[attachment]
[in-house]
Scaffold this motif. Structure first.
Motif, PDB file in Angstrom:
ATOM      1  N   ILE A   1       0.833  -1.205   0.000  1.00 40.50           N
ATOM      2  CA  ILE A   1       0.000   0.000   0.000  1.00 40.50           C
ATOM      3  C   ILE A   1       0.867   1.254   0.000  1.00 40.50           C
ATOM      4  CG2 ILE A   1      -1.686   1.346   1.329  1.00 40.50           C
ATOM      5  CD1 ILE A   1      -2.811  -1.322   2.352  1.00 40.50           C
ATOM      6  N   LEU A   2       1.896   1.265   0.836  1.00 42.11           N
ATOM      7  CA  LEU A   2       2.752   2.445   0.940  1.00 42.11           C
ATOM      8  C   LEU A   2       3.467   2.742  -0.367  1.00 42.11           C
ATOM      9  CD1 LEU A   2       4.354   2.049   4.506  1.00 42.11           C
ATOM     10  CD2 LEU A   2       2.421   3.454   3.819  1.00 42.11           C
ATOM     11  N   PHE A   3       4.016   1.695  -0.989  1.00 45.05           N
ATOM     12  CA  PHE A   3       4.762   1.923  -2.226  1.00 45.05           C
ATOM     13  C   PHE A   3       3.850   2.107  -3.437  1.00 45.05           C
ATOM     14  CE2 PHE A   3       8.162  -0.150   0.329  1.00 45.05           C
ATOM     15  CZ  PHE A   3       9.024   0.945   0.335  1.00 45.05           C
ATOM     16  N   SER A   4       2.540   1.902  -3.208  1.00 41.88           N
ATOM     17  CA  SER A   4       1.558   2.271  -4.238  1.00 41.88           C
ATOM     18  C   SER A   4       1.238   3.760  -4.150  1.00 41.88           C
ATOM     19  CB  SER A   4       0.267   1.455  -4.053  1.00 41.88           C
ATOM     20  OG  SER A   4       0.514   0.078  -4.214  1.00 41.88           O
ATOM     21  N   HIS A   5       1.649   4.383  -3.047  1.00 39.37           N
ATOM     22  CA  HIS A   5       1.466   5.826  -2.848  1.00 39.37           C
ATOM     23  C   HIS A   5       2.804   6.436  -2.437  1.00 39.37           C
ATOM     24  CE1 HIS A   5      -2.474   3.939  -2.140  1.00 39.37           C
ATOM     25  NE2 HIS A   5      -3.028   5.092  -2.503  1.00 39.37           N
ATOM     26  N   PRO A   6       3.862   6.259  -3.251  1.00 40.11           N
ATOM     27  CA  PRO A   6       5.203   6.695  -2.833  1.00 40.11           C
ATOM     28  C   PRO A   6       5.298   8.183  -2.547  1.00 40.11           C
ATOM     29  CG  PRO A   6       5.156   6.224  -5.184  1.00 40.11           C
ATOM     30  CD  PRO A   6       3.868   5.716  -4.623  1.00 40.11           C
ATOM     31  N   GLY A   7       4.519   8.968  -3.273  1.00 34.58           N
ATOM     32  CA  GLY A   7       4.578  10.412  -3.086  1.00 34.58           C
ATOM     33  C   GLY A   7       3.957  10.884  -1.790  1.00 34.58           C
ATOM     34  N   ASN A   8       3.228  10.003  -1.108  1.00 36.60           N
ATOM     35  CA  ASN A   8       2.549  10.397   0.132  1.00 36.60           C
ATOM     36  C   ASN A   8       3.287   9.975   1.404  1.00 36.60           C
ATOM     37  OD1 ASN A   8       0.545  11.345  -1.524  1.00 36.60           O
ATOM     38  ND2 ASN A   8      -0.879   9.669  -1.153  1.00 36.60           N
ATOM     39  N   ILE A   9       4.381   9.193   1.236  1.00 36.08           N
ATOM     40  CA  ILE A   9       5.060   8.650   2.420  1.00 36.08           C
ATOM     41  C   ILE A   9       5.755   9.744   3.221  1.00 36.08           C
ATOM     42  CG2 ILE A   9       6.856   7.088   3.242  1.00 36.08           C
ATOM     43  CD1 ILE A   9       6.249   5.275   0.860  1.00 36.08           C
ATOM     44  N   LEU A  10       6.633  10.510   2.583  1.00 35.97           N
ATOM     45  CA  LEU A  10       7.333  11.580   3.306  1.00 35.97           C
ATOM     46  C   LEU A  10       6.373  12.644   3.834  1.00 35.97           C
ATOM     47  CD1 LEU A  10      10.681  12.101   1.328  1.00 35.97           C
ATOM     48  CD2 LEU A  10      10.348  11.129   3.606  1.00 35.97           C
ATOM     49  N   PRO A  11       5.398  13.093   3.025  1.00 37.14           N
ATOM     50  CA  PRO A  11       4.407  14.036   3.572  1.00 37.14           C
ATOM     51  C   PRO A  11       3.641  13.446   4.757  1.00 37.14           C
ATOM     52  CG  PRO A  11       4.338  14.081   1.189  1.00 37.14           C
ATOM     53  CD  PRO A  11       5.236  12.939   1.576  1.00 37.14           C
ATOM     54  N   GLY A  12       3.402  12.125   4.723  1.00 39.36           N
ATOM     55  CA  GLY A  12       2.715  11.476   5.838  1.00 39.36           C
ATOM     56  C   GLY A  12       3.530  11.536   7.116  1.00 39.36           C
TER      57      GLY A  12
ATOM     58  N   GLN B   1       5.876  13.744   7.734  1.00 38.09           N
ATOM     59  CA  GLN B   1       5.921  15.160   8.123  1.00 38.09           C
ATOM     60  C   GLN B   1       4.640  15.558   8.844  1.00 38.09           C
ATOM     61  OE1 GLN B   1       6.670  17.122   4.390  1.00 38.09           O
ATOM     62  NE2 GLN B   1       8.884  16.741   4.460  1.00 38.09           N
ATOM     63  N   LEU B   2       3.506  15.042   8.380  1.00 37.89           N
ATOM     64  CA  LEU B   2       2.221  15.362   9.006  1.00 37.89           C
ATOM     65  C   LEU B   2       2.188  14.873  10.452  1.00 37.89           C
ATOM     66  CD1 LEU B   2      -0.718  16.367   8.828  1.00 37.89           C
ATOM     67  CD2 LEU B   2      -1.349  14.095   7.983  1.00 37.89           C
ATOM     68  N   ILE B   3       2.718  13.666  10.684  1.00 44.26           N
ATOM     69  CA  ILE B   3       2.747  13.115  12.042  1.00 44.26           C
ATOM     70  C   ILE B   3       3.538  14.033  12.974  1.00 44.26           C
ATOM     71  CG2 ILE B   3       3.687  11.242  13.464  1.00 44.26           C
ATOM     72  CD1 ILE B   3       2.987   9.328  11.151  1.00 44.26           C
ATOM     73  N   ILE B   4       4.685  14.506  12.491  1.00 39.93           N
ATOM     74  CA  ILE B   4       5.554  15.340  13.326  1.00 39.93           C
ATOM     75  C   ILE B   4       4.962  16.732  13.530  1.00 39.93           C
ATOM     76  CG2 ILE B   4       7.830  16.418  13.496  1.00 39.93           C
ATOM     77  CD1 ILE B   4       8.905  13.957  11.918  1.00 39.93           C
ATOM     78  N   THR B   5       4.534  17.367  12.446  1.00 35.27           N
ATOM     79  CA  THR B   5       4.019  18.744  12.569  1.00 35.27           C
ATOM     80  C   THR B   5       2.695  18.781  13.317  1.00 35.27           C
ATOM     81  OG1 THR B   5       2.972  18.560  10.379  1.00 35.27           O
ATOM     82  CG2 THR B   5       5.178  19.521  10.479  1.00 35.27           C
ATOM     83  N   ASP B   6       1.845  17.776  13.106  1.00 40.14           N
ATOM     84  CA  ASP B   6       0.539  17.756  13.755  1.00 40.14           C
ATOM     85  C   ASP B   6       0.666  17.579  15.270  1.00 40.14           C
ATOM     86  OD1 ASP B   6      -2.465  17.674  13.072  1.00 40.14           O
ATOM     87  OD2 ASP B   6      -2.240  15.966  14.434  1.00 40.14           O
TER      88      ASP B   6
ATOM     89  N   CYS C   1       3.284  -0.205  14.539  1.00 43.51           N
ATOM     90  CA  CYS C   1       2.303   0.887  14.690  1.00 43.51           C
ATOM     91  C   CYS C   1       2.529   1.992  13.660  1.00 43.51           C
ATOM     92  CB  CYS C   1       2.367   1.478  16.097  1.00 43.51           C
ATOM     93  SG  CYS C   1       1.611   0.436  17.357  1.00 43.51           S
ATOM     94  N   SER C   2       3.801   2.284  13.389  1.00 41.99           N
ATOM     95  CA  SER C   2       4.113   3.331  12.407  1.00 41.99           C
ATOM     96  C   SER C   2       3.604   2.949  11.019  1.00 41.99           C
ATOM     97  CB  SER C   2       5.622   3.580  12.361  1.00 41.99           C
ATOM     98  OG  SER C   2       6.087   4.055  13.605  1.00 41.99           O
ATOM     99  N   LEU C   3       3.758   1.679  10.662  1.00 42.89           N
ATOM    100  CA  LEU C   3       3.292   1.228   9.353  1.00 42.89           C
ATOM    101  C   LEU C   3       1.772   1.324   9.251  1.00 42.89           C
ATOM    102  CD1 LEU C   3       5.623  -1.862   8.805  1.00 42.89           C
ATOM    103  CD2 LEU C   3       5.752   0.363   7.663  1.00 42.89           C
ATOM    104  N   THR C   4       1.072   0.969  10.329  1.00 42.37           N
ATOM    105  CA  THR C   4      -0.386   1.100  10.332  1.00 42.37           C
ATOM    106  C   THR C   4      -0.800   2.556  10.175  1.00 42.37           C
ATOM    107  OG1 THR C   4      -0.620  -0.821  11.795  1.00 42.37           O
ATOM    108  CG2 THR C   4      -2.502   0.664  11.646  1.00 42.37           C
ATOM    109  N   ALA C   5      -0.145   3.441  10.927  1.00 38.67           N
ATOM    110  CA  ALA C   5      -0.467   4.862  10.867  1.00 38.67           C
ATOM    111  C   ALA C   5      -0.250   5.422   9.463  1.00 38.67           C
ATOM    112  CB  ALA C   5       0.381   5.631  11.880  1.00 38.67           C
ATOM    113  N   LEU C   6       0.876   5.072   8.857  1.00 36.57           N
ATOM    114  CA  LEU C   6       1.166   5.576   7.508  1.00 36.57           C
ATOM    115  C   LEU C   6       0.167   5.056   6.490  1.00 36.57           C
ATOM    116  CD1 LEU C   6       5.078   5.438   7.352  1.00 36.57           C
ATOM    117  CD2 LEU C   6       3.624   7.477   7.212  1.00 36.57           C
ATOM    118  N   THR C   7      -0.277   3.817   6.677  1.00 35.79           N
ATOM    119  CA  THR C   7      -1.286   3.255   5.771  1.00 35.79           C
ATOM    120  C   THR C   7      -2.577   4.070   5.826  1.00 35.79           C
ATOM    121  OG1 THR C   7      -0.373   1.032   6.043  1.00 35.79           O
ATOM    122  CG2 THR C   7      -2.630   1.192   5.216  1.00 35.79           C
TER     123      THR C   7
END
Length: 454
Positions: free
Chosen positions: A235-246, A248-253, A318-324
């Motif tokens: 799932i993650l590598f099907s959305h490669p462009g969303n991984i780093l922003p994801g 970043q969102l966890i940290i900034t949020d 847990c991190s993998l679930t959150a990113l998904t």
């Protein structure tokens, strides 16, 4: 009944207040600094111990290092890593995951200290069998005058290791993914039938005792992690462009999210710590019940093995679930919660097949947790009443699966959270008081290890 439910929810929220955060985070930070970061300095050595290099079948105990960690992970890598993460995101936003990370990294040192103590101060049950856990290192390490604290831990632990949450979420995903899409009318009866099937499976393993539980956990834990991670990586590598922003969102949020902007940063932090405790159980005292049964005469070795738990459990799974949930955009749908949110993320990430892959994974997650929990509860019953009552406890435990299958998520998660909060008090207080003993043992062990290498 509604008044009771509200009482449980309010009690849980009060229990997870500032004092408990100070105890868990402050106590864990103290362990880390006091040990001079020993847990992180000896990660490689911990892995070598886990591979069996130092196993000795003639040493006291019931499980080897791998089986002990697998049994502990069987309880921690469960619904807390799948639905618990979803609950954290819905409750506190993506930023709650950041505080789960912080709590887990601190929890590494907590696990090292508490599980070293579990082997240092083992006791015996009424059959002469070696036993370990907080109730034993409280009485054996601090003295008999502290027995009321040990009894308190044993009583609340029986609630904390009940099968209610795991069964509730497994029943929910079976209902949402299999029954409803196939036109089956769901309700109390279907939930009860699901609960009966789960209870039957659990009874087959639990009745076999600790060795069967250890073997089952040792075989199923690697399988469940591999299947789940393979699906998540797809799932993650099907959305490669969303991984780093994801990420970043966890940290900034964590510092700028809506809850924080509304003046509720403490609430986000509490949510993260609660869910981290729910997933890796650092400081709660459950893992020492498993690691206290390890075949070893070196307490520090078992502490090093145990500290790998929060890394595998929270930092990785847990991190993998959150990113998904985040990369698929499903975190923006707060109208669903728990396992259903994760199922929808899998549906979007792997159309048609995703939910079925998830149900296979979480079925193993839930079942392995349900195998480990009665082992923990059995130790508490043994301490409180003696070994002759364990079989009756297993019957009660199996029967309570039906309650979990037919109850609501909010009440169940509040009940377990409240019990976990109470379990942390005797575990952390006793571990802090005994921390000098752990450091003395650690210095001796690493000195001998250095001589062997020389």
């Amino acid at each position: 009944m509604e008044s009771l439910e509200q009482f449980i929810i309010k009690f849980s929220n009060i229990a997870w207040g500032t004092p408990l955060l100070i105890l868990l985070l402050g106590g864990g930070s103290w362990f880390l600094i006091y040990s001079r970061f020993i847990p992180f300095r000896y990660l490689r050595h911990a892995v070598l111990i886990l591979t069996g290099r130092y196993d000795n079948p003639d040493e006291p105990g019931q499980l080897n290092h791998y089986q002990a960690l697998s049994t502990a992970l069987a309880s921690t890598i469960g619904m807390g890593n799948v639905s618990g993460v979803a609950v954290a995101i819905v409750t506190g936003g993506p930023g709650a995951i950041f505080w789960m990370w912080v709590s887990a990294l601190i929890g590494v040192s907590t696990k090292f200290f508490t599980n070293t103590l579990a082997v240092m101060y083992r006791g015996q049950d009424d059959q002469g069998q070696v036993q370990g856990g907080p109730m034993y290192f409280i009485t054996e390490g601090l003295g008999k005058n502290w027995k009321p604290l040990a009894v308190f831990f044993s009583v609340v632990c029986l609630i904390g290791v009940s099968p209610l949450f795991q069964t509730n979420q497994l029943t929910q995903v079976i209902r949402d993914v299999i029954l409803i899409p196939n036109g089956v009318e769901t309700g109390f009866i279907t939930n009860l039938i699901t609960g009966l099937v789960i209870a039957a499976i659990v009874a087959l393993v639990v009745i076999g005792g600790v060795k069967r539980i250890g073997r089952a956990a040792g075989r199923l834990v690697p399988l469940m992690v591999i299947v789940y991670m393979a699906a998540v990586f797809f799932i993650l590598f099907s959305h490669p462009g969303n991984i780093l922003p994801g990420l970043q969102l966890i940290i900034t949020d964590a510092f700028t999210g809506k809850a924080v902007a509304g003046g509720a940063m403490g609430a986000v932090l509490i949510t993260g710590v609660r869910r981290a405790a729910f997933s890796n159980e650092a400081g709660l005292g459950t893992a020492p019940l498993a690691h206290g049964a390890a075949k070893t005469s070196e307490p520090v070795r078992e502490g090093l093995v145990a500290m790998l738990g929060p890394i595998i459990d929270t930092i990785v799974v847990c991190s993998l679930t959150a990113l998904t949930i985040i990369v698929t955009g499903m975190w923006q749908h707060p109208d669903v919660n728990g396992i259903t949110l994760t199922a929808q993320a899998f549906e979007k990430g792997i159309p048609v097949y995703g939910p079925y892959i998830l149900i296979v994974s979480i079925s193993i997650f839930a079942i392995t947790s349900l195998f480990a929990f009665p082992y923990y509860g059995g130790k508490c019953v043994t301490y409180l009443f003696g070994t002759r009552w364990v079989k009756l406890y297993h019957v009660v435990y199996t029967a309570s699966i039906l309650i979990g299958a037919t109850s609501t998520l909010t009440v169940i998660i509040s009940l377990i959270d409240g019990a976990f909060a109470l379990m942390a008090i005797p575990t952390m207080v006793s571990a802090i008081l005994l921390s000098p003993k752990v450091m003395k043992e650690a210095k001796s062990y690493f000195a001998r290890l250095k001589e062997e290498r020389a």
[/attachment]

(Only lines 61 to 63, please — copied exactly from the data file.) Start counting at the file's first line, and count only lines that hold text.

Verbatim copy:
ATOM     58  N   GLN B   1       5.876  13.744   7.734  1.00 38.09           N
ATOM     59  CA  GLN B   1       5.921  15.160   8.123  1.00 38.09           C
ATOM     60  C   GLN B   1       4.640  15.558   8.844  1.00 38.09           C